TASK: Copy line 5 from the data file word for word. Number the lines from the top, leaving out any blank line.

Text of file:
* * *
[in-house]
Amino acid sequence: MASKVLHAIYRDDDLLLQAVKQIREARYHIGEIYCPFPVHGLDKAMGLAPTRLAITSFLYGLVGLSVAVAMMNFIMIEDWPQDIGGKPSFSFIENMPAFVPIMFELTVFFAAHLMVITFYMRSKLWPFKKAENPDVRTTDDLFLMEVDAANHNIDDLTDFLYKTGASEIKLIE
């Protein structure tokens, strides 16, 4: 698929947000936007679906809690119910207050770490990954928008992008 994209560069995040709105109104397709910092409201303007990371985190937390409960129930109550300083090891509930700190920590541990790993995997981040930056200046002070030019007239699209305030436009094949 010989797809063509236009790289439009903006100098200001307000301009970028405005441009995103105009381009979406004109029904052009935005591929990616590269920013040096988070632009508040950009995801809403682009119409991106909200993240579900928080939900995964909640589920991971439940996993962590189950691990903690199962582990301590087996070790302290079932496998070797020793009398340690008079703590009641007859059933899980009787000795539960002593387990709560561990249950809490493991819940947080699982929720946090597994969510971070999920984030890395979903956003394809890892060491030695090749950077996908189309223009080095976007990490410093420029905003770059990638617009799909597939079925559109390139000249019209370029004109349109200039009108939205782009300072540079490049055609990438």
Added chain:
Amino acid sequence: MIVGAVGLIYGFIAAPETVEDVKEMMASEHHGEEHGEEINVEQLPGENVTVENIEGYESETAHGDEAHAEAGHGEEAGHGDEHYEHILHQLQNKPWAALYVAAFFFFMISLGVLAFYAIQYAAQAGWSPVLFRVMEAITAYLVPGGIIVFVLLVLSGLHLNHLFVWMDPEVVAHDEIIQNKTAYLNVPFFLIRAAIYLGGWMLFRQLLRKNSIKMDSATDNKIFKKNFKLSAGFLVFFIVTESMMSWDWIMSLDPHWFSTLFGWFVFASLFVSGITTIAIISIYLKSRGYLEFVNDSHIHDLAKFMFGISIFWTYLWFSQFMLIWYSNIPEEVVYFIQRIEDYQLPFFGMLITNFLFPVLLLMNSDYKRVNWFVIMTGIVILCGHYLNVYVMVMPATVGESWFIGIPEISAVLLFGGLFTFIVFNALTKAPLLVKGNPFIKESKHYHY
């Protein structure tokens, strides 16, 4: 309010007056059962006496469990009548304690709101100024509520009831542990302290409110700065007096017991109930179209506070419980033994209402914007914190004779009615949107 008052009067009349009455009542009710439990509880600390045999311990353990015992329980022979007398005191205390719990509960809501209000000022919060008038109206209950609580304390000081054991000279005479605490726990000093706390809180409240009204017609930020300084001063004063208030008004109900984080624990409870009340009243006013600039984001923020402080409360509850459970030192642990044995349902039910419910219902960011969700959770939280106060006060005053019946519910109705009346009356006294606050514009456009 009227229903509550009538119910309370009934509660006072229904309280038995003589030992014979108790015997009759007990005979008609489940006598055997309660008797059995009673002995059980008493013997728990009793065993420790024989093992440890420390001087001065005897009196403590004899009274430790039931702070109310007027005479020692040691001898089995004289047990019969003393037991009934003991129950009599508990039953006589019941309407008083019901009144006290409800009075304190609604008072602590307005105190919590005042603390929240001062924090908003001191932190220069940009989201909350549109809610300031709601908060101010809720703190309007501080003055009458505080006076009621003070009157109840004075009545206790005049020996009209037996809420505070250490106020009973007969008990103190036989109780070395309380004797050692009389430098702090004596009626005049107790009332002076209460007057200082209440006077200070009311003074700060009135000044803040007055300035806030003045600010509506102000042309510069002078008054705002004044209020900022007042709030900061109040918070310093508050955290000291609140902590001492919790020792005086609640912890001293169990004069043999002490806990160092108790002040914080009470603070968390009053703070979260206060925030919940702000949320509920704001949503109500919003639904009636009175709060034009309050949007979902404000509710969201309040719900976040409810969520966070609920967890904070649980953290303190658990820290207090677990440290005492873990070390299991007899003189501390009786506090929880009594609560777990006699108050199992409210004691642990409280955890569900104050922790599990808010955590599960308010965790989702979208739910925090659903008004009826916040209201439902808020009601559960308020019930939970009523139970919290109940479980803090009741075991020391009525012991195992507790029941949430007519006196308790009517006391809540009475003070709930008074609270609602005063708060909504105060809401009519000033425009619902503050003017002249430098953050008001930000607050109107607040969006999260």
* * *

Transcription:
Amino acid sequence: MIVGAVGLIYGFIAAPETVEDVKEMMASEHHGEEHGEEINVEQLPGENVTVENIEGYESETAHGDEAHAEAGHGEEAGHGDEHYEHILHQLQNKPWAALYVAAFFFFMISLGVLAFYAIQYAAQAGWSPVLFRVMEAITAYLVPGGIIVFVLLVLSGLHLNHLFVWMDPEVVAHDEIIQNKTAYLNVPFFLIRAAIYLGGWMLFRQLLRKNSIKMDSATDNKIFKKNFKLSAGFLVFFIVTESMMSWDWIMSLDPHWFSTLFGWFVFASLFVSGITTIAIISIYLKSRGYLEFVNDSHIHDLAKFMFGISIFWTYLWFSQFMLIWYSNIPEEVVYFIQRIEDYQLPFFGMLITNFLFPVLLLMNSDYKRVNWFVIMTGIVILCGHYLNVYVMVMPATVGESWFIGIPEISAVLLFGGLFTFIVFNALTKAPLLVKGNPFIKESKHYHY